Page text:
Here, things liven up as linnets, trumpeter finches and Spanish sparrows (above) feed on the seeds of scrubby plants between the houses. There are bees on some of the few remaining flowers, but they are no easier to photograph than the birds – and will be more difficult to identify.
It’s already 4pm, so a stop at the café for a drink and cake is welcome.
Monumento Natural de Los Ajaches
Behind and beyond Playa Quemada is an ancient volcanic landscape. Some geologists think these hills were probably around 4,000m high, but 11 million years of erosion have reduced them to mounds of around 500m. There are fossils here dating back to the Lower Pleistocene (up to 2.5 million years ago).
As well as being a Natural Monument for its geological and paleontological features, lost Ajaches has been declared a special protection area for birds ( ZEPA ), in accordance with the provisions of European Directive 79/409 / EEC on the conservation of wild birds. There is a network of trails for hiking/biking/running, more information on the alltrails website, though roads for cars are fortunately few and far between.
Los Ajaches covers some 30 sq km of the western end of Lanzarote, and we did explore other parts – around Yaiza and across to the salt flats of Janubio – on other days. If you stay in one of the south coast resorts, such as Playa Blanca or Playa Mujeres, you have Los Ajaches on your doorstep.
The journey back
Then it’s time to return, following the same tracks, but now with the sun behind us. (There is a bus service if you time your arrival correctly, but it wasn’t a consideration for us this time).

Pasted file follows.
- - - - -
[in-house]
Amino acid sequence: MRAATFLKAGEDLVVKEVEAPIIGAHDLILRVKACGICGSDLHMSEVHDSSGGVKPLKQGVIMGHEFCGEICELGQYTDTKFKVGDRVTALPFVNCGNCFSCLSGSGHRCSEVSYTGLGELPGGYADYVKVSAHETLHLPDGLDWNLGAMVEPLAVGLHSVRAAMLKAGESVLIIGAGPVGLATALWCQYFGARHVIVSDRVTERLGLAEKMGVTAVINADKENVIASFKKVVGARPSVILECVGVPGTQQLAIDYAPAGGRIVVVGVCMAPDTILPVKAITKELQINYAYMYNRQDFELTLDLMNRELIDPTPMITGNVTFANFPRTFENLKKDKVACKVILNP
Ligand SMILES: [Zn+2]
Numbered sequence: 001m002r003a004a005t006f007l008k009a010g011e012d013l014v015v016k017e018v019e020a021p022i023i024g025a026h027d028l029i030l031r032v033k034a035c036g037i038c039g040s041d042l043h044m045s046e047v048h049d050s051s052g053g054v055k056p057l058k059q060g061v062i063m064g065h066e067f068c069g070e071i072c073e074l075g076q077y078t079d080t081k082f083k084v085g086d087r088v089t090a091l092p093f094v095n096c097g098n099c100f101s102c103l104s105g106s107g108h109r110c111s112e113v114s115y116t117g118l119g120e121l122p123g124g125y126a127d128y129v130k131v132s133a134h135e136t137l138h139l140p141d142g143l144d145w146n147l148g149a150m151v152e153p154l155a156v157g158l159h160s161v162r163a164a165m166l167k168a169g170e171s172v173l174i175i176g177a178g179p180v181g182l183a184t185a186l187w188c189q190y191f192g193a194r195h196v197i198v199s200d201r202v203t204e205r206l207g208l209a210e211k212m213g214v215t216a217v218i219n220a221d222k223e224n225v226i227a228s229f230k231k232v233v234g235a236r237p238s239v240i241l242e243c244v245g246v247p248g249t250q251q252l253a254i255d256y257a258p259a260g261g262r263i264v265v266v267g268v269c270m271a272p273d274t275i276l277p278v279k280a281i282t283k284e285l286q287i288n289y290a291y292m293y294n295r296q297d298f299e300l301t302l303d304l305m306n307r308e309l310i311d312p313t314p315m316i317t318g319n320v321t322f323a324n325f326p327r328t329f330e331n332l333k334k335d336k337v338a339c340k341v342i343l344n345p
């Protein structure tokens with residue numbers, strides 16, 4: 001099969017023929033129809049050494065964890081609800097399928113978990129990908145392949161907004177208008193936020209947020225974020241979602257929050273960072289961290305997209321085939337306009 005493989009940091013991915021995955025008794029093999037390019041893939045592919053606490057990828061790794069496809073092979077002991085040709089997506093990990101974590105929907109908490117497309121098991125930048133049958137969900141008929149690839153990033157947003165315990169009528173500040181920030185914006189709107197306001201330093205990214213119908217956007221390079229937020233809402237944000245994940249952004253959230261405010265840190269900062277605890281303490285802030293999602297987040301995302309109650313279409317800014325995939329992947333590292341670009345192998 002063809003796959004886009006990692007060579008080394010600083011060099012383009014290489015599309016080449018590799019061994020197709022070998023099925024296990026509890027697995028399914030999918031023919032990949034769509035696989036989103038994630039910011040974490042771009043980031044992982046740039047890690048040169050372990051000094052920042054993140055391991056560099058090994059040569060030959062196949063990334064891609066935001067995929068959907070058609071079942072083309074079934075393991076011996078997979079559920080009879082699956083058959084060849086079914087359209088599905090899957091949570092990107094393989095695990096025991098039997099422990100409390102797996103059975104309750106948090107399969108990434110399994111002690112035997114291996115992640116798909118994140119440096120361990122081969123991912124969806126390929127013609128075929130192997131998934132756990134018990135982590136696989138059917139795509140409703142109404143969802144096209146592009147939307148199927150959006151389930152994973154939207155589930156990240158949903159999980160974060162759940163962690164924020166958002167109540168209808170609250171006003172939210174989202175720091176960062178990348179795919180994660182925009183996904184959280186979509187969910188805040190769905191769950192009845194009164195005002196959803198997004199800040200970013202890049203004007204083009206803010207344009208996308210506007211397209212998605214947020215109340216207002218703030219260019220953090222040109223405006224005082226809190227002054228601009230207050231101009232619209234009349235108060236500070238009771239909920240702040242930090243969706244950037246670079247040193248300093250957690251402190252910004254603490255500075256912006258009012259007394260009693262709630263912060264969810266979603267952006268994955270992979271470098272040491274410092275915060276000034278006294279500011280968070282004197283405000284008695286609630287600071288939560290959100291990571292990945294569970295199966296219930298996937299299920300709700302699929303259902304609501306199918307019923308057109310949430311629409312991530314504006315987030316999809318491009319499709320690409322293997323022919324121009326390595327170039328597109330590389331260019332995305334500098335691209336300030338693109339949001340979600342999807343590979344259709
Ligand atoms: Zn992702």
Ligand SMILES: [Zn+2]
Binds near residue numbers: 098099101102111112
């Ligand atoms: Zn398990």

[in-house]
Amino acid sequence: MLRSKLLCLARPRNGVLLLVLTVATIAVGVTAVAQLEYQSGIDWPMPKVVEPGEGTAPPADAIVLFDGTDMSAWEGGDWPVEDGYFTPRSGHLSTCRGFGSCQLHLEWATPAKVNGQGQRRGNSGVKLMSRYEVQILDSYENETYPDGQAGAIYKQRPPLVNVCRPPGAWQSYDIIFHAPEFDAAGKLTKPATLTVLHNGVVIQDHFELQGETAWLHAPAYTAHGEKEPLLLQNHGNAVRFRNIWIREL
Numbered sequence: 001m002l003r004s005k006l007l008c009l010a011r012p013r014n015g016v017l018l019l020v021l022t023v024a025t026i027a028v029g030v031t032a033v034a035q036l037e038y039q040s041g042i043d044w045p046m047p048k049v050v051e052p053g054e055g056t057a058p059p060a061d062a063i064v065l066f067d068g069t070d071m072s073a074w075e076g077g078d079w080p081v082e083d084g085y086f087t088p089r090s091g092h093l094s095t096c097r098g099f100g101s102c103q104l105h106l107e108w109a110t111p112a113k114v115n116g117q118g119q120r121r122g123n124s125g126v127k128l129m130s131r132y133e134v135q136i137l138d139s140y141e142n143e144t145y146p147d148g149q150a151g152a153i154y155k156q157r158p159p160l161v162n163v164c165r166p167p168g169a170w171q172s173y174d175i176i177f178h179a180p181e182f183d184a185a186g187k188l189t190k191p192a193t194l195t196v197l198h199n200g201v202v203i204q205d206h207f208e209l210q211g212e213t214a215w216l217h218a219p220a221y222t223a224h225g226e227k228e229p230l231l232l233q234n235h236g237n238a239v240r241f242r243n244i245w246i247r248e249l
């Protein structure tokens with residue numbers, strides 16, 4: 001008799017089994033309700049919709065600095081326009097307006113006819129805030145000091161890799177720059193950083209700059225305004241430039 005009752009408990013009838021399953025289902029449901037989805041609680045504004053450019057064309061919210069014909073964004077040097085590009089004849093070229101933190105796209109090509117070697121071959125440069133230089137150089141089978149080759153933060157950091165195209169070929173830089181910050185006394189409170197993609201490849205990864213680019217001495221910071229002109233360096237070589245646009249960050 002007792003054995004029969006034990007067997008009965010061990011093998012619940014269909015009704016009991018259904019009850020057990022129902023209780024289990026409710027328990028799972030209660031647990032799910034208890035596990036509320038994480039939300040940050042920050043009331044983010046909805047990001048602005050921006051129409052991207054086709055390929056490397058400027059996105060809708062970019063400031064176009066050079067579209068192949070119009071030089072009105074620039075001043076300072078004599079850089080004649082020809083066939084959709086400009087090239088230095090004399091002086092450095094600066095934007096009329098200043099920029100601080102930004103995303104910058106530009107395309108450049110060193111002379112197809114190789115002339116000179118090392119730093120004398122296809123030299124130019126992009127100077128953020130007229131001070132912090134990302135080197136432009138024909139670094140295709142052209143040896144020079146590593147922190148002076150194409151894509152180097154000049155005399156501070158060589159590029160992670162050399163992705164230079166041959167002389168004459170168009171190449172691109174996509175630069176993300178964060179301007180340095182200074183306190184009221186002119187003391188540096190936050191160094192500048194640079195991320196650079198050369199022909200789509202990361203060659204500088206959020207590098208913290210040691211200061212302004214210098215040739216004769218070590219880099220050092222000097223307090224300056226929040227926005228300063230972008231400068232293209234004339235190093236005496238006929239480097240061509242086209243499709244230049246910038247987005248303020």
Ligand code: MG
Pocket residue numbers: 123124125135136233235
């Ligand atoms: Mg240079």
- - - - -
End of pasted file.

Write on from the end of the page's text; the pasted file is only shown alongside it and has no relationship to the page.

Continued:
On the edge of Puerto Calera, I stop to photograph a few plants – I’d ignored them earlier, to make sure we had time to finish the whole walk. By the time we leave Puerto Calero, it is 6:30 and the sun is sinking behind the western hills. The walk becomes a route march to get back to the streetlights of Puerto del Carmen while we can still see where we are going.
The sixteen-kilometre round trip route from the port to Playa Quemada and back, with the additional 3km to and from our hotel is now taking its toll on my feet. I am already looking forward to an easier day tomorrow!
Books about the natural history of Lanzarote were hard to come by. The standard flora is out of print – but was only any good if you were already familiar with all other Mediterranean species.
Click on the covers for more information.
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More about the Atlantic Islands
Parque Nacional del Teide
Mount Teide National Park, on the Canary Island of Tenerife, is the highest volcano in Spain, and in the Atlantic. Here’s how to get to the top.
Madeira – The Laurel Forest at Ribeiro Frio
If you are visiting Madeira via a cruise ship and have limited time on the island, a visit to Ribeiro Frio will give you a good flavour of the place.
4 thoughts on “Lanzarote walking”
How lovely to still discover so much even if it is more arid than it should be. I would also get lost in time admiring nature.
Ah, lost in time admiring nature . . . I like that. Decades ago, I remember watching a sparrowhawk as it circled and soared overhead. After a few minutes, a nearby birdwatcher questioned why I was still watching it, when I knew it was just a sparrowhawk. Like the rest of nature, it was a thing of beauty, and well worth watching for its own sake, and for as long as I wanted to watch (or in this case, for as long as it stayed within binocular range)
So often when traveling things don’t go as planned! That’s especially true for me too when photography and nature are involved.
Nature goes at its own pace, human planning isn’t taken into account!